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Articles Home » 1981 Articles » Moody Blues, The - 1981 Long Distance Voyager
Moody Blues, The - 1981 Long Distance Voyager

ARTIST: Moody Blues
ALBUM: Long Distance Voyager
LABEL: Threshold Records
SERIAL: TXS139 (UK), TRL-1-2901 (USA)
YEAR: 1981
CD REISSUE: 1986, Threshold, 820 105-2 * 2008, Decca, 530 933-0


LINEUP: Justin Hayward - guitars, vocals * John Lodge - bass, vocals * Ray Thomas - flutes, harmonicas, vocals * Graeme Edge - drums * Patrick Moraz - keyboards

TRACK LISTING: 01 The Voice * 02 Talking Out Of Turn * 03 Gemini Dream * 04 In My World * 05 Meanwhile * 06 22,000 Days * 07 Nervous * 08 Painted Smile * 09 Reflective Smile * 10 Veteran Cosmic Rocker


Just when everyone thought The Moody Blues, let alone 'progressive' rock was dead, out came two outstanding albums from the genre that to this day, I still think are the best albums of their kind in the year 1981. The two records I am referring to are Electric Light Orchestra's 'Time' opus and the Moodies 'Long Distance Voyager'. Both albums are similar in style, sound and execution and while ELO's album will get reviewed here at GD eventually, let's take a crack at one of the Moodies finest offerings. According to the critics, the Blues were long gone and buried following 1978's 'Octave' despite hiring former Refugee/Yes keyboard wiz Patrick Moraz for the following tour which seemed to revitalize the band. I for one liked 'Octave' but considering the musical climate it wouldn't have surprised me if we never heard from the boys again, which is why when the release of 'Long Distance Voyager' was announced in late 1980, the planets had finally aligned and prog fans had something to look forward to.

The Songs
No one was disappointed, with the possible exception of snobbish progheads who listened to nothing recorded after 1973. 'Long Distance Voyager' was and is an outstanding album from seasoned veterans and the public agreed going number one in America and number five in the UK. FM radio naturally picked up on it right away pushing 'The Voice' to the top of most play lists with AM following suit pushing the single to 15 on the American Top 40 all the more surprising since they were never considered a 'singles' band. An excellent and instantly likeable track, with a typically Moody Blues classical introduction and Alan Parsons Project like song structure, 'The Voice' was a welcome relief from the quirky new wave sounds that were dominating the airwaves at the time. Two other singles were released from the album. The stunningly beautiful 'Talking Out Of Turn' and 'Gemini Dream' which scored just a couple points higher on the U.S. charts than 'The Voice', but it's all relative. It's on 'Gemini Dream' where the ELO comparisons really come into play, from the pompy keyboard work of Moraz to the vocal work and chorus, its as if Jeff Lynne was secretly in the studio. Brilliant music and the remaining songs on the album are just as strong and worthy of mention. The country flavoured 'In My World' is one of my favourite Moody Blues tracks and in the hands of anyone other than Justin Hayward would have sounded sappy and uninspired. 'Meanwhile' sounds very much like early Moodies while '22,000 Days' and 'Painted Smile' with vocals by Ray Thomas brings us back to the Electric Light Orchestra sound. This segues into 'Reflective Smile' which is well shall we say, is just plain weird, but cool nonetheless which leads into 'Veteran Cosmic Rocker' and this is about as progressive as the album gets. Written again by Ray Thomas featuring his flute work as well as sitar, it's a look at an aging rocker and all that goes with the fame and fortune, even after the spotlight fades. An appropriate ending to a remarkable and stellar album, 'Long Distance Voyager' continues to delight and surprise all these years later.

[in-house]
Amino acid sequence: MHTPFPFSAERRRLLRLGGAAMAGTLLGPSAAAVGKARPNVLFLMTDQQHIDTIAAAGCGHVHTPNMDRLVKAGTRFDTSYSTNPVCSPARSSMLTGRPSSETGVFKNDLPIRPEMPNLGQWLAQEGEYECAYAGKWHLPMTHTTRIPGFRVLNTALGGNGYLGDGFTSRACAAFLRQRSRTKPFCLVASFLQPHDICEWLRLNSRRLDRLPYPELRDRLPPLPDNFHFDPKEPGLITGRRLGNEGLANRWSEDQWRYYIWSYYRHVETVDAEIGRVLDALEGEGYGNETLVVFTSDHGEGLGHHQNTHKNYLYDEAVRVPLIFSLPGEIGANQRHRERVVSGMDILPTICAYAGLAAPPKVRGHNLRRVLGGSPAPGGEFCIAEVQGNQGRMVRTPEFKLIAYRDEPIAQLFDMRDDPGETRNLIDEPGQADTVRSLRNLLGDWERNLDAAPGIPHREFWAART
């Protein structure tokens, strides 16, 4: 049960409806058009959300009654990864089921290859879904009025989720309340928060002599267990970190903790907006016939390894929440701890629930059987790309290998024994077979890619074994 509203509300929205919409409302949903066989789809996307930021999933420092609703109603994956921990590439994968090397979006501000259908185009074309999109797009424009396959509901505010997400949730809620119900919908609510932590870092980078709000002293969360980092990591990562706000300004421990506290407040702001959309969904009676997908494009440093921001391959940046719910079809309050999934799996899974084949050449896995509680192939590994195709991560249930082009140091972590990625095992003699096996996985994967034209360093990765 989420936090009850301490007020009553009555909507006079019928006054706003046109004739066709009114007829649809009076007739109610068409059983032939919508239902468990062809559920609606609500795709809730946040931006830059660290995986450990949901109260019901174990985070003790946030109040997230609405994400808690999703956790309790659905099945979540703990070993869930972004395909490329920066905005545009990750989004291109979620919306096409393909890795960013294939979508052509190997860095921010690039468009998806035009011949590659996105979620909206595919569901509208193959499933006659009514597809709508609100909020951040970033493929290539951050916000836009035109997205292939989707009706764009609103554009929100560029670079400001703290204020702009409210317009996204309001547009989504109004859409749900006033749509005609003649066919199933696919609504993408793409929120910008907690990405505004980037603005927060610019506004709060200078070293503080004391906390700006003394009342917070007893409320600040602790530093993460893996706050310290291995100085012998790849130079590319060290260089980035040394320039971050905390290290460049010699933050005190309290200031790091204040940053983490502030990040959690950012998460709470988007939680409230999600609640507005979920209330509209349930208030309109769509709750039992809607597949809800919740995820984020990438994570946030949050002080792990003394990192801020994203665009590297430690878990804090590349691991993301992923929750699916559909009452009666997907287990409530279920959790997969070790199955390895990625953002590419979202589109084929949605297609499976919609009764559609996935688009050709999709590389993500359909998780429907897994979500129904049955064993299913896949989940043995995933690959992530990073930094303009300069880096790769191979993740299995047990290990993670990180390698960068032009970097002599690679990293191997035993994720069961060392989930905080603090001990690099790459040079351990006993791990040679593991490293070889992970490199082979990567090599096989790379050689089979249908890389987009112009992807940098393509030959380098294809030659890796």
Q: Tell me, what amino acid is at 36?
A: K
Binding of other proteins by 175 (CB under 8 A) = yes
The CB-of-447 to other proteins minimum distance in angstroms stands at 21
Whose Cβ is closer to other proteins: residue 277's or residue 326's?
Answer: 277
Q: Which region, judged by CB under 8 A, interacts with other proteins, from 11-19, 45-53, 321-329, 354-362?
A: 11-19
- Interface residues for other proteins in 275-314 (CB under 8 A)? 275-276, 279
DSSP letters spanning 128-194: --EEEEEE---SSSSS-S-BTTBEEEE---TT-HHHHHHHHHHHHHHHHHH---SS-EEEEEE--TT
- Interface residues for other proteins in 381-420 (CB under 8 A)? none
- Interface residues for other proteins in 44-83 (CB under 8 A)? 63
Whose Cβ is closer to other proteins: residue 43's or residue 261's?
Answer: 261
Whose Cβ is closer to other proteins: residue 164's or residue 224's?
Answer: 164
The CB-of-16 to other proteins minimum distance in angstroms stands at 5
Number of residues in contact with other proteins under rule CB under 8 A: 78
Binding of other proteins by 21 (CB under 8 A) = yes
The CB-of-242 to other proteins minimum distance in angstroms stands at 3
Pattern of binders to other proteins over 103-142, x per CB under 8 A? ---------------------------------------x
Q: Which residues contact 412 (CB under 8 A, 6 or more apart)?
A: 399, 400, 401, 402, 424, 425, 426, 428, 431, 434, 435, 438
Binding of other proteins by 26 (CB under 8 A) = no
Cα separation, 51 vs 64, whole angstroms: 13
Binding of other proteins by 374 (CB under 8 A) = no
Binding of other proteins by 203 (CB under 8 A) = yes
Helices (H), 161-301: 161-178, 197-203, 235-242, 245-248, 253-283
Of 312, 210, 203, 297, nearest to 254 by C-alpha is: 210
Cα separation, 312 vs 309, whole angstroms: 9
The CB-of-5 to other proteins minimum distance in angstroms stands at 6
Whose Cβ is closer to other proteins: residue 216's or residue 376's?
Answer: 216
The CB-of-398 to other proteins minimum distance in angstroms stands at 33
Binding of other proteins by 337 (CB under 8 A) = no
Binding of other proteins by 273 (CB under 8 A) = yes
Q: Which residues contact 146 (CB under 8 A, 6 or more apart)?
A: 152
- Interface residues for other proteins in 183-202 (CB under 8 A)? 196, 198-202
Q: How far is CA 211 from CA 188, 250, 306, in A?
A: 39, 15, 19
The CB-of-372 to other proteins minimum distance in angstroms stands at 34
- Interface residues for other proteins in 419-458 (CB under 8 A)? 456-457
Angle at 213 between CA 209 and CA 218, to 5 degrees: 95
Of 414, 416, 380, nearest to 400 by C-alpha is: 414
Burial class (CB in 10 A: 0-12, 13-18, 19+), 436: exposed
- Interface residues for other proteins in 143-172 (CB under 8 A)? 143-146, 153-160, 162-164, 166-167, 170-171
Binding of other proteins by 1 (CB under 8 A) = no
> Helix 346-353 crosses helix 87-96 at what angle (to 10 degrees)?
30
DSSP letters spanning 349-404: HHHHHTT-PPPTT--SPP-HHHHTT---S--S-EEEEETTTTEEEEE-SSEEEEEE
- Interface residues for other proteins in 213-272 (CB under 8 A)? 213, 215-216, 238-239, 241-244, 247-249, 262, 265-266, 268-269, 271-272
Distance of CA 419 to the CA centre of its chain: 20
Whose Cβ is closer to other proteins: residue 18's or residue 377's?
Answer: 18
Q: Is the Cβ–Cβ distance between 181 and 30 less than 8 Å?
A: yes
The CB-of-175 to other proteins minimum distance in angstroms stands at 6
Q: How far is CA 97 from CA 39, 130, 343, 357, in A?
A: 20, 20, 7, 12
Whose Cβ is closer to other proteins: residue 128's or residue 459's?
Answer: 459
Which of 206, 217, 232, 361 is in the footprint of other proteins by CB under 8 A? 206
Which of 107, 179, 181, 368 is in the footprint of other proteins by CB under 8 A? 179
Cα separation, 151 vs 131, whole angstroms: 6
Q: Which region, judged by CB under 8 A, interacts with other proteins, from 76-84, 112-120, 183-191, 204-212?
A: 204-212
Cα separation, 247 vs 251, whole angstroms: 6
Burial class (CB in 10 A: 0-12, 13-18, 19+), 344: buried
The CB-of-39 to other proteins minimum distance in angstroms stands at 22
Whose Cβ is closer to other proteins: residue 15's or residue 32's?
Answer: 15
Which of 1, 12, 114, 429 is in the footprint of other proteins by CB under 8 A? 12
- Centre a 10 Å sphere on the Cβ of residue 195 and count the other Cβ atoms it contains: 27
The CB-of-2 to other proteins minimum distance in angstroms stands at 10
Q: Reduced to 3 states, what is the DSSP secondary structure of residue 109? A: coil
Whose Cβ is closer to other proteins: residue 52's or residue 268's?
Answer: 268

In Summary
I saw The Moody Blues in 1999 during their 'Strange Days' tour. It was the last tour with Ray Thomas who has since retired and I rank the show as one of the top five performances I've had the chance to see. I didn't want it to end and while even then their age was starting to show, they were professional, quintessentially English and played music for the ages making yours truly a fan for life.

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#1 | jeffduran on October 26 2008 23:27:34
Agree...One of the finest from 1981.
#2 | JuniorNB on October 27 2008 11:31:11
Excellent album. "Meanwhile" is my favorite, although it didn't get the airplay that some of the others did. This was the last Moody Blues album that I could enjoy all the way through. I think I'll pull it out right now. It's been awhile.
#3 | gdazegod on July 13 2009 05:19:05
Been listening to this lately.. quintessential English is an understatement Eric! Great stuff.. may need to investigate their back catalogue a bit more.. hmm!
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